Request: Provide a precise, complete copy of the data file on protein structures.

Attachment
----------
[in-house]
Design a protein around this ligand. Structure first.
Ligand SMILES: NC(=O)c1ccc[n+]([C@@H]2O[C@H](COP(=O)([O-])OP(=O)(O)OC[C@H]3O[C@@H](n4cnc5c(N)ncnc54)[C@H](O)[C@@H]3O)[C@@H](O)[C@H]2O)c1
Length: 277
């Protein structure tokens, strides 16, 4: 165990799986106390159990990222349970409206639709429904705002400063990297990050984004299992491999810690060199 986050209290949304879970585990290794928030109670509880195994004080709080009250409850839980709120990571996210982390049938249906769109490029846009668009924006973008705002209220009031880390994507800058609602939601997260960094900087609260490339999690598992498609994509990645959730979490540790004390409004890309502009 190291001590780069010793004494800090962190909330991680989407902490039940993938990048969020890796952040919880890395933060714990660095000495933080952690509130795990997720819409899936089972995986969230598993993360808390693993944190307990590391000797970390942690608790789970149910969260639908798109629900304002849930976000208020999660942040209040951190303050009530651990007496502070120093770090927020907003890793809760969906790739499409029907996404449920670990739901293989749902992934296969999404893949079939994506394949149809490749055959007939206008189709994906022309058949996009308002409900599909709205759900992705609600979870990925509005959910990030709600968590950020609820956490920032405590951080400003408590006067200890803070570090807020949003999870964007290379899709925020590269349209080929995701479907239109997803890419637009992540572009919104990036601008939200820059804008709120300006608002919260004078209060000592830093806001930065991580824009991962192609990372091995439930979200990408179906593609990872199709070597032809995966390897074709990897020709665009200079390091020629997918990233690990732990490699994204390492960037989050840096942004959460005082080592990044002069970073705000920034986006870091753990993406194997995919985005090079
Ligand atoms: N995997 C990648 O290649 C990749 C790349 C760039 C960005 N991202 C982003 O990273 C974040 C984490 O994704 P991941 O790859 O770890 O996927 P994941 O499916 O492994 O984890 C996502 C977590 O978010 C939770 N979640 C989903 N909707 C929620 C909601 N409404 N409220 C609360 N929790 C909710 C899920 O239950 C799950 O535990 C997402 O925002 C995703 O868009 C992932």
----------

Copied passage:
[in-house]
Design a protein around this ligand. Structure first.
Ligand SMILES: NC(=O)c1ccc[n+]([C@@H]2O[C@H](COP(=O)([O-])OP(=O)(O)OC[C@H]3O[C@@H](n4cnc5c(N)ncnc54)[C@H](O)[C@@H]3O)[C@@H](O)[C@H]2O)c1
Length: 277
């Protein structure tokens, strides 16, 4: 165990799986106390159990990222349970409206639709429904705002400063990297990050984004299992491999810690060199 986050209290949304879970585990290794928030109670509880195994004080709080009250409850839980709120990571996210982390049938249906769109490029846009668009924006973008705002209220009031880390994507800058609602939601997260960094900087609260490339999690598992498609994509990645959730979490540790004390409004890309502009 190291001590780069010793004494800090962190909330991680989407902490039940993938990048969020890796952040919880890395933060714990660095000495933080952690509130795990997720819409899936089972995986969230598993993360808390693993944190307990590391000797970390942690608790789970149910969260639908798109629900304002849930976000208020999660942040209040951190303050009530651990007496502070120093770090927020907003890793809760969906790739499409029907996404449920670990739901293989749902992934296969999404893949079939994506394949149809490749055959007939206008189709994906022309058949996009308002409900599909709205759900992705609600979870990925509005959910990030709600968590950020609820956490920032405590951080400003408590006067200890803070570090807020949003999870964007290379899709925020590269349209080929995701479907239109997803890419637009992540572009919104990036601008939200820059804008709120300006608002919260004078209060000592830093806001930065991580824009991962192609990372091995439930979200990408179906593609990872199709070597032809995966390897074709990897020709665009200079390091020629997918990233690990732990490699994204390492960037989050840096942004959460005082080592990044002069970073705000920034986006870091753990993406194997995919985005090079
Ligand atoms: N995997 C990648 O290649 C990749 C790349 C760039 C960005 N991202 C982003 O990273 C974040 C984490 O994704 P991941 O790859 O770890 O996927 P994941 O499916 O492994 O984890 C996502 C977590 O978010 C939770 N979640 C989903 N909707 C929620 C909601 N409404 N409220 C609360 N929790 C909710 C899920 O239950 C799950 O535990 C997402 O925002 C995703 O868009 C992932």